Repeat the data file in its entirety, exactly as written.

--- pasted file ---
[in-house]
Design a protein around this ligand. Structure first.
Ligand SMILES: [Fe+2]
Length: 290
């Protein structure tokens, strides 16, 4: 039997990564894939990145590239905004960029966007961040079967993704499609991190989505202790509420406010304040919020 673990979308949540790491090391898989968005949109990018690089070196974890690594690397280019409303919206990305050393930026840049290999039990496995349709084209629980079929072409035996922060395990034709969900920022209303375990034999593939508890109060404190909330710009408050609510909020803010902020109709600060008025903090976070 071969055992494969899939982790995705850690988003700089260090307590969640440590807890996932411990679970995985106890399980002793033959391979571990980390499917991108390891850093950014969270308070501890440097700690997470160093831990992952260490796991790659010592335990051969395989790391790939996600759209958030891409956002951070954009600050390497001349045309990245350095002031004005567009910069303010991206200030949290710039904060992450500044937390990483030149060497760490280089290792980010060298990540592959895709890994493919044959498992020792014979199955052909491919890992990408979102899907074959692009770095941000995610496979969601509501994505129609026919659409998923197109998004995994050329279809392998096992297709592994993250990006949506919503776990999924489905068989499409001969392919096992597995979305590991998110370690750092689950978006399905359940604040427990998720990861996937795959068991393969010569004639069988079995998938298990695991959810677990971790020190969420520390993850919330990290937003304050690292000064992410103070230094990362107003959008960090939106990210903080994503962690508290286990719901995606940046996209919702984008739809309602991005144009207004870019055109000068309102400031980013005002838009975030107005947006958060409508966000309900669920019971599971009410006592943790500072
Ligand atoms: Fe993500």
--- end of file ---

[in-house]
Design a protein around this ligand. Structure first.
Ligand SMILES: [Fe+2]
Length: 290
């Protein structure tokens, strides 16, 4: 039997990564894939990145590239905004960029966007961040079967993704499609991190989505202790509420406010304040919020 673990979308949540790491090391898989968005949109990018690089070196974890690594690397280019409303919206990305050393930026840049290999039990496995349709084209629980079929072409035996922060395990034709969900920022209303375990034999593939508890109060404190909330710009408050609510909020803010902020109709600060008025903090976070 071969055992494969899939982790995705850690988003700089260090307590969640440590807890996932411990679970995985106890399980002793033959391979571990980390499917991108390891850093950014969270308070501890440097700690997470160093831990992952260490796991790659010592335990051969395989790391790939996600759209958030891409956002951070954009600050390497001349045309990245350095002031004005567009910069303010991206200030949290710039904060992450500044937390990483030149060497760490280089290792980010060298990540592959895709890994493919044959498992020792014979199955052909491919890992990408979102899907074959692009770095941000995610496979969601509501994505129609026919659409998923197109998004995994050329279809392998096992297709592994993250990006949506919503776990999924489905068989499409001969392919096992597995979305590991998110370690750092689950978006399905359940604040427990998720990861996937795959068991393969010569004639069988079995998938298990695991959810677990971790020190969420520390993850919330990290937003304050690292000064992410103070230094990362107003959008960090939106990210903080994503962690508290286990719901995606940046996209919702984008739809309602991005144009207004870019055109000068309102400031980013005002838009975030107005947006958060409508966000309900669920019971599971009410006592943790500072
Ligand atoms: Fe993500």